I used this one:


Then get two more lengths of wire a few inches long and solder them to the turn signal circuit wires, and then solder those wires to the appropriate relay terminals. You can alternatively just solder the wires from the stock module directly to the new relay. However, I prefer to add the extra wire to give me more room to put the new relay where I want. Remember to put heat shrink tubing over any of the areas with bare metal. I prefer to use different colored wires to avoid attaching the wrong wires to the wrong terminals.

Once finished, the relay should look something like this:




I then cleaned it up a bit by wedging the new relay under the stock module.



That's it. That's all there is to it!

This took me about a half an hour to do, including taking pictures (hell, writing this up has taken twice as long as it took me to actually do it!). This is a very easy mod to do that doesn't take any special electrical skills, beyond soldering and crimping. I should have done this months ago. Some people like the faster blink rate with LEDs. Personally, I don't. I find that the fast blink rate doesn't draw my attention nearly as much as a normal blink rate when I see them on other peoples' bikes.
 

·
Super Moderator
Joined
·
8,559 Posts
Awww [email protected]! I just realized we have a FAQ section here on this forum... With this how-to already posted. lol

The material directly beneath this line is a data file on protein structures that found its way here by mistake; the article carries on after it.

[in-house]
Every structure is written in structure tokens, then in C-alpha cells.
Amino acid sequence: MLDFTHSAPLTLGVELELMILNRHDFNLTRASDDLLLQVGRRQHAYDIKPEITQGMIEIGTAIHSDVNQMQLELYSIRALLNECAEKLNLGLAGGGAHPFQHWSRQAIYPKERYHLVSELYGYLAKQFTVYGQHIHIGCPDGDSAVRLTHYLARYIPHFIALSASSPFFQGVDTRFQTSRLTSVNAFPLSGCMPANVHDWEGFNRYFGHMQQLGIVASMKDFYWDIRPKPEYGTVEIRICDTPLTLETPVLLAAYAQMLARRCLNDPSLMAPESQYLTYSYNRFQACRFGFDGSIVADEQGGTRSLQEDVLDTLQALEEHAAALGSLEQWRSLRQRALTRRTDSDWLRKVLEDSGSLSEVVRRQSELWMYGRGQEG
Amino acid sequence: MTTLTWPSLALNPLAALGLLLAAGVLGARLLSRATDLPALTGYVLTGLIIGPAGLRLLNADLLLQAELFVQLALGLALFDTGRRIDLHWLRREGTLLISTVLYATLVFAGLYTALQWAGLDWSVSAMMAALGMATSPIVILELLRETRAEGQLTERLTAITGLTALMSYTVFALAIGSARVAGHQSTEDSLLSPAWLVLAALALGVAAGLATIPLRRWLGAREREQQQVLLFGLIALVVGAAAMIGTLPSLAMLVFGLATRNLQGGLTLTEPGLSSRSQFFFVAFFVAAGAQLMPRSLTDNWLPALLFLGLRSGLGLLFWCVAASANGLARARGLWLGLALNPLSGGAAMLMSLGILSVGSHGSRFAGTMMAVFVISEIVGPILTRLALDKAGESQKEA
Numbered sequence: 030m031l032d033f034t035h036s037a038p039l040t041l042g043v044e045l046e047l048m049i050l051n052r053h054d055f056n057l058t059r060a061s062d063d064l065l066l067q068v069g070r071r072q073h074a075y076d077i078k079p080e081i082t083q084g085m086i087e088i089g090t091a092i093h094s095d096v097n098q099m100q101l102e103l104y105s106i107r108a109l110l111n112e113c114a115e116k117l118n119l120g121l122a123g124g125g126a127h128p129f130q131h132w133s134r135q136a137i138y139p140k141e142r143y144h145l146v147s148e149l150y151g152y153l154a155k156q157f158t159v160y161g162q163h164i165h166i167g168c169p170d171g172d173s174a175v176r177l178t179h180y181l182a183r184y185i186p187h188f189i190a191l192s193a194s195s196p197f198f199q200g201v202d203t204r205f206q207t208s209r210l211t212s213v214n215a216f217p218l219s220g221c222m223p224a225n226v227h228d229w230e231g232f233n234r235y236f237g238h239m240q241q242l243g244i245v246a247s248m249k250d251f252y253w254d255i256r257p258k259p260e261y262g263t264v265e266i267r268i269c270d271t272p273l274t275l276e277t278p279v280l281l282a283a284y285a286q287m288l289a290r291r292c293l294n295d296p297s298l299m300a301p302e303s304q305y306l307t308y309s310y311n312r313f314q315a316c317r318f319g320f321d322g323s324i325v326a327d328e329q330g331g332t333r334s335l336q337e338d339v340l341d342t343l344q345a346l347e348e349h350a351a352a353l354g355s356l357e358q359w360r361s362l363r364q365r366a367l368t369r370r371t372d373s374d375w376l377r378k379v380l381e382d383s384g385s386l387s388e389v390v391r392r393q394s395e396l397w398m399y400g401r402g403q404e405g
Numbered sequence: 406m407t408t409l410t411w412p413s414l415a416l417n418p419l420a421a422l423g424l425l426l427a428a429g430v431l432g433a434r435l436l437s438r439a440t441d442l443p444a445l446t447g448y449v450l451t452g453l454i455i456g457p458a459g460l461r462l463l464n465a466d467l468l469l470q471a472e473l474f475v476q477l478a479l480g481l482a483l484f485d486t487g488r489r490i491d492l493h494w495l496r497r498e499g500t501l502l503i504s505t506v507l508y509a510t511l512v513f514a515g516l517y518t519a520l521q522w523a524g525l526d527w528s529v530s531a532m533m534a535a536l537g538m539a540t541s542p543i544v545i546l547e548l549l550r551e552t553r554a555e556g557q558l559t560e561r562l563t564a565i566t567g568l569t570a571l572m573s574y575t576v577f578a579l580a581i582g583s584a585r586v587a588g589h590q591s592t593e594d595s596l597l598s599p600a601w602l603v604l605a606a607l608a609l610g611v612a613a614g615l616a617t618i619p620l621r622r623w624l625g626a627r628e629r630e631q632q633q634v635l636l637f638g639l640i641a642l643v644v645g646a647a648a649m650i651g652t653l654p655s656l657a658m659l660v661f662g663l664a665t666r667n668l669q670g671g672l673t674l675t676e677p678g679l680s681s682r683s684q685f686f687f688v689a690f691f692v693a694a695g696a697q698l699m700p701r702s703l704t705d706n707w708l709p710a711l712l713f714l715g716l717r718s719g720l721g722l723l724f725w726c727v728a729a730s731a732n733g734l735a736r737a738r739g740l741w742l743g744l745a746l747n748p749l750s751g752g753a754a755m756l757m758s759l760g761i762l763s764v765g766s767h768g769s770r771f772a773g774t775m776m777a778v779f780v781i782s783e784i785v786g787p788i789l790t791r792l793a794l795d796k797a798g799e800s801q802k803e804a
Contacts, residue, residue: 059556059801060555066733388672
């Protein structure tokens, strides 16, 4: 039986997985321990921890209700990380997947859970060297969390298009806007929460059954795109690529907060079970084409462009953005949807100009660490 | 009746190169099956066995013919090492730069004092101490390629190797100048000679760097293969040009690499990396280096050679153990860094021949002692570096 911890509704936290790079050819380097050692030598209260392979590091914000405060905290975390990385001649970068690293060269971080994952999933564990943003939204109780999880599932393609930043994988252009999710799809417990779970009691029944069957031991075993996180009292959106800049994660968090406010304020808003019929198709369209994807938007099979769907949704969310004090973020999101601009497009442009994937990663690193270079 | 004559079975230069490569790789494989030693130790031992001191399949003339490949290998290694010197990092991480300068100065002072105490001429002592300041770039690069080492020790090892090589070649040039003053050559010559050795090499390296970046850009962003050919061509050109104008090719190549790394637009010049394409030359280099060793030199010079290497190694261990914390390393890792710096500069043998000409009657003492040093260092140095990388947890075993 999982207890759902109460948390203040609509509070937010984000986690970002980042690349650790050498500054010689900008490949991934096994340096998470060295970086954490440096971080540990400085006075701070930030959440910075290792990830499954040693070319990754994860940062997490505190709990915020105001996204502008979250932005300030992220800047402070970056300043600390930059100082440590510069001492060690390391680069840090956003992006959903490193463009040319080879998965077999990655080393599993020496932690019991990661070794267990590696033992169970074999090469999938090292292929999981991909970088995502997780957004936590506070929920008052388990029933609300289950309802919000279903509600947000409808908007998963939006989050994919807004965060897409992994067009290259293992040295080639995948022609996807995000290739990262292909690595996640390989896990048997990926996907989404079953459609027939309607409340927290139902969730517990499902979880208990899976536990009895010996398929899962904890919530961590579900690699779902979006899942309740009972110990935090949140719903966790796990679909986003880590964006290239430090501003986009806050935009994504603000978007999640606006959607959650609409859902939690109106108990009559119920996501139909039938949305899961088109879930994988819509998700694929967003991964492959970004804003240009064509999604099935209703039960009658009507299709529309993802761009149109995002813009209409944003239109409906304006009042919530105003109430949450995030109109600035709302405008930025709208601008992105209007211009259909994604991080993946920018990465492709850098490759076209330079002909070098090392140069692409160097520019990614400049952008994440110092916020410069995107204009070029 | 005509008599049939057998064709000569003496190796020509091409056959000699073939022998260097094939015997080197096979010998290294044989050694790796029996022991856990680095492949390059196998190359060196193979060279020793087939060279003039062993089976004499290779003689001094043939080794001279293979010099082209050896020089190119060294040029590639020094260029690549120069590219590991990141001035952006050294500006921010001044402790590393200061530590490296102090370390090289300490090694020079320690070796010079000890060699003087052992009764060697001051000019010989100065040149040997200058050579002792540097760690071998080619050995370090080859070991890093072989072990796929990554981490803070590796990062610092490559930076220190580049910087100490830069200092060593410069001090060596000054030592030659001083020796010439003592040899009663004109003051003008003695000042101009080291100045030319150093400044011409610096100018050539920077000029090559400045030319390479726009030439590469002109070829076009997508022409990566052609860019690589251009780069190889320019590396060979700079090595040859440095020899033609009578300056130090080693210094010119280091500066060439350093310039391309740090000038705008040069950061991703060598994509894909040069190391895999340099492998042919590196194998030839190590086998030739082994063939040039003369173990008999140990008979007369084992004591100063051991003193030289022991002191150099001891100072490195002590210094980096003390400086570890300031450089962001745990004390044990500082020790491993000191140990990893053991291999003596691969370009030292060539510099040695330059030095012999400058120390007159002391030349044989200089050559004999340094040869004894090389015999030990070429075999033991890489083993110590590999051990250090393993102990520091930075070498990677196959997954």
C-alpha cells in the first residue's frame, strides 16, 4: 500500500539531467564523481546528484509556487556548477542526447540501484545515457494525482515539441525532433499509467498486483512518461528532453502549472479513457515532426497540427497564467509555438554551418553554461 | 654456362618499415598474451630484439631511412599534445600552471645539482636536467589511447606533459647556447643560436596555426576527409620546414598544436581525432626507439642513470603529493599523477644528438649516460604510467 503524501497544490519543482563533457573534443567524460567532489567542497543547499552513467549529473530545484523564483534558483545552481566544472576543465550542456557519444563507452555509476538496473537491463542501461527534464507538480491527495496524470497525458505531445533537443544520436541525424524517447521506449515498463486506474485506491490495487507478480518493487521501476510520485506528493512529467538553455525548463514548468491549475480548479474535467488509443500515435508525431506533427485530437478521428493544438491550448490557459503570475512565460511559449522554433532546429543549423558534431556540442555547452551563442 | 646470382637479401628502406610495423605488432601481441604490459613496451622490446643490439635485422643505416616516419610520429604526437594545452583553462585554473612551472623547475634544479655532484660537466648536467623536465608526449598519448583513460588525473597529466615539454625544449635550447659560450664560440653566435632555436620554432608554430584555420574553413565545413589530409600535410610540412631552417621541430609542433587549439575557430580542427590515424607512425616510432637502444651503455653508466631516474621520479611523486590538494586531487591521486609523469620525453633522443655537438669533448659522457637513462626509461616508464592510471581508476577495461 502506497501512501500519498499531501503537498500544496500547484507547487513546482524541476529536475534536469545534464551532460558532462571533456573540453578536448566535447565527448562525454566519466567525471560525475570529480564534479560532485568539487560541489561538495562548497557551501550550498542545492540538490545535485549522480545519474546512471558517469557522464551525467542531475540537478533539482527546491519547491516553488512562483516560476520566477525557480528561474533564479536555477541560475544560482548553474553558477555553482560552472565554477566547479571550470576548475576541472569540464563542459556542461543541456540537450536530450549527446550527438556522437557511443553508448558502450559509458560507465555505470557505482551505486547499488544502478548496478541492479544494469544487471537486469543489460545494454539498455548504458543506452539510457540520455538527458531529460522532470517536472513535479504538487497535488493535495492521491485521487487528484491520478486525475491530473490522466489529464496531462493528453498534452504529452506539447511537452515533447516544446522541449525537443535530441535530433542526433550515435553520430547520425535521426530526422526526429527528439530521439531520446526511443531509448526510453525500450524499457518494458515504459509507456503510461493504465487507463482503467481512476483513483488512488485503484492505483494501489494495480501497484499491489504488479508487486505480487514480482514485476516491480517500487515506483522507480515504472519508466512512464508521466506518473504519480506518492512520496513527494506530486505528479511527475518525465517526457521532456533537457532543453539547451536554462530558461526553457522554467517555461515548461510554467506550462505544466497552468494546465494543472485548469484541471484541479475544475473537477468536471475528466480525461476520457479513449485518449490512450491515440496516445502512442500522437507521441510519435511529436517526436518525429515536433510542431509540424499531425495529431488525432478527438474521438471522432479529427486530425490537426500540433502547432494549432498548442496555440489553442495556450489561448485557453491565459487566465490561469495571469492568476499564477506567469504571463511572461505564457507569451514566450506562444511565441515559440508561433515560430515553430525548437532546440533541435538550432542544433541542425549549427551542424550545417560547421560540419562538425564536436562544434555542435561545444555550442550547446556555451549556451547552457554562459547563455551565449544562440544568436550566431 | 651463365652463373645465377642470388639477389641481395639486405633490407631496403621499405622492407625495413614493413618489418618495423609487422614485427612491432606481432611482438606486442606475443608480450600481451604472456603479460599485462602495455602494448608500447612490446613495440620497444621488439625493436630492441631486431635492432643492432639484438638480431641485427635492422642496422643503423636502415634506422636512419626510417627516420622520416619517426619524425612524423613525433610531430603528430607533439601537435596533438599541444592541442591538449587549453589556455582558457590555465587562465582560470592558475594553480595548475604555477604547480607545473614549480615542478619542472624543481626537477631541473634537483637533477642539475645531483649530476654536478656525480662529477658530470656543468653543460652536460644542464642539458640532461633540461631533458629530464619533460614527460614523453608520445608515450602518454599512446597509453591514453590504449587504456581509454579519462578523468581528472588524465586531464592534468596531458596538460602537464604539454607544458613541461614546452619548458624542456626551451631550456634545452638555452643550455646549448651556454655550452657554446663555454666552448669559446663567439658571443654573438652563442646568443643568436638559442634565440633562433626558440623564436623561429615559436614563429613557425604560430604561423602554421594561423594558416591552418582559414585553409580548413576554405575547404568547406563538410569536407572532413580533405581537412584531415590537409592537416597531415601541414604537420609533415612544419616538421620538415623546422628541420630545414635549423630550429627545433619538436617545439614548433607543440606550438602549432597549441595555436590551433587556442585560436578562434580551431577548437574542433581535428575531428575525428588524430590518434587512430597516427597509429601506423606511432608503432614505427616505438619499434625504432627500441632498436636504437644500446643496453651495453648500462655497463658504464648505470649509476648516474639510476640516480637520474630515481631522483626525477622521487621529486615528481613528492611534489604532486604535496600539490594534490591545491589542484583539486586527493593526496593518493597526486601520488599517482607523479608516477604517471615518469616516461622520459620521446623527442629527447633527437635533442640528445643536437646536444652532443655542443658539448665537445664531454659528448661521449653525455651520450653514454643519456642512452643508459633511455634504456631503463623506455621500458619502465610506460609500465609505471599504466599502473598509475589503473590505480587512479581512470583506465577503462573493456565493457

None the less, very nice job photo-docing the process, Max! Please don't let that stop you from posting other awesome stuff. :thumbsup:
 

·
Premium Member
Joined
·
3,729 Posts
Nice detailed photo-doc

However:

There are simpler two wire relay choices that do not require the addition of a ground wire.

Having said that also note that a 'ground' should always be connected to battery negative (or to a black/white wire in the harness) - NOT to a point on the frame. There is NO current that flows the frame per OEM components and the frame itself is not actually connected to battery negative, only the engine is (and the connections to the frame are compromised by paint/anodization).
This is not a car - frame is not active circuit component.

But today, to be honest, the best method is just to use the plug n play LED relay, which has come down to extremely reasonable price these days.
(I wouldn't replace mine with this since it's already done with external 2-pin relay but if I was starting from scratch would buy this one)

http://www.ebay.com/itm/LED-Flasher-Relay-for-Suzuki-GSXR-Bandit-Hayabusa-SV-GSF-TL-600-1000-1250-DRZ400-/380472501789?pt=Motorcycles_Parts_Accessories&hash=item5895eda61d&vxp=mtr

Like TeeRiver, feedback certainly not intended to discourage, just honest critique
 

·
Registered
Joined
·
1,617 Posts
Discussion Starter #10
Nice detailed photo-doc
Thank you.

However:

There are simpler two wire relay choices that do not require the addition of a ground wire.
True. I just couldn't find any that are regularly stocked at most brick and mortar auto parts stores. This how-to was geared toward being able to walk into a local auto parts store and pick up the parts needed and then finish the install all in the same day (or hour, honestly). If you know of any two wire relays that will work with four LED blinkers that are regularly stocked at most auto parts stores, post them up, as that would be an easier install.